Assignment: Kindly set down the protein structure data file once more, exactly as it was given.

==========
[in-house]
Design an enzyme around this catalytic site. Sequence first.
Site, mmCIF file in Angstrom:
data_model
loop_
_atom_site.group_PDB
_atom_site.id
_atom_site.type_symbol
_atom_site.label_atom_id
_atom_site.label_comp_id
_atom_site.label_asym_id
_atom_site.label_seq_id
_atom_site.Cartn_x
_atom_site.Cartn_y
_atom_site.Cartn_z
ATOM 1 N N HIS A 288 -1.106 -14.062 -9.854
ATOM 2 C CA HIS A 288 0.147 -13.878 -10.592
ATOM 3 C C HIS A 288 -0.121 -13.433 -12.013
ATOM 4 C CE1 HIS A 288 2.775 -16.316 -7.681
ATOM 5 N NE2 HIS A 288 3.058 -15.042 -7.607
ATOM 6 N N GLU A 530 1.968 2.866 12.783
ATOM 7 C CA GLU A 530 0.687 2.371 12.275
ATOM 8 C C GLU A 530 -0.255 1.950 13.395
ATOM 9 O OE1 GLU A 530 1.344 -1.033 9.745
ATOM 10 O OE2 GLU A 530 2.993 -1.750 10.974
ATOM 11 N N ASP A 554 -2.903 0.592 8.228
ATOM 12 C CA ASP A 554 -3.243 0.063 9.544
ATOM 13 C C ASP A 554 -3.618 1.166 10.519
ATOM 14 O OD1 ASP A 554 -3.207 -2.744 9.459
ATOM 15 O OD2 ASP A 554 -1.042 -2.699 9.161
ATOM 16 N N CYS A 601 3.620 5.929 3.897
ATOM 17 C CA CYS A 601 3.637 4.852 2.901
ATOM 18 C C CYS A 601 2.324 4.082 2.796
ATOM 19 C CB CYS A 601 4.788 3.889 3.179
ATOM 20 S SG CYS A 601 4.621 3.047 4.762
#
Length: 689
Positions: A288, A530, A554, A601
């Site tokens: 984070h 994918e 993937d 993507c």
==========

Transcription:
[in-house]
Design an enzyme around this catalytic site. Sequence first.
Site, mmCIF file in Angstrom:
data_model
loop_
_atom_site.group_PDB
_atom_site.id
_atom_site.type_symbol
_atom_site.label_atom_id
_atom_site.label_comp_id
_atom_site.label_asym_id
_atom_site.label_seq_id
_atom_site.Cartn_x
_atom_site.Cartn_y
_atom_site.Cartn_z
ATOM 1 N N HIS A 288 -1.106 -14.062 -9.854
ATOM 2 C CA HIS A 288 0.147 -13.878 -10.592
ATOM 3 C C HIS A 288 -0.121 -13.433 -12.013
ATOM 4 C CE1 HIS A 288 2.775 -16.316 -7.681
ATOM 5 N NE2 HIS A 288 3.058 -15.042 -7.607
ATOM 6 N N GLU A 530 1.968 2.866 12.783
ATOM 7 C CA GLU A 530 0.687 2.371 12.275
ATOM 8 C C GLU A 530 -0.255 1.950 13.395
ATOM 9 O OE1 GLU A 530 1.344 -1.033 9.745
ATOM 10 O OE2 GLU A 530 2.993 -1.750 10.974
ATOM 11 N N ASP A 554 -2.903 0.592 8.228
ATOM 12 C CA ASP A 554 -3.243 0.063 9.544
ATOM 13 C C ASP A 554 -3.618 1.166 10.519
ATOM 14 O OD1 ASP A 554 -3.207 -2.744 9.459
ATOM 15 O OD2 ASP A 554 -1.042 -2.699 9.161
ATOM 16 N N CYS A 601 3.620 5.929 3.897
ATOM 17 C CA CYS A 601 3.637 4.852 2.901
ATOM 18 C C CYS A 601 2.324 4.082 2.796
ATOM 19 C CB CYS A 601 4.788 3.889 3.179
ATOM 20 S SG CYS A 601 4.621 3.047 4.762
#
Length: 689
Positions: A288, A530, A554, A601
């Site tokens: 984070h 994918e 993937d 993507c």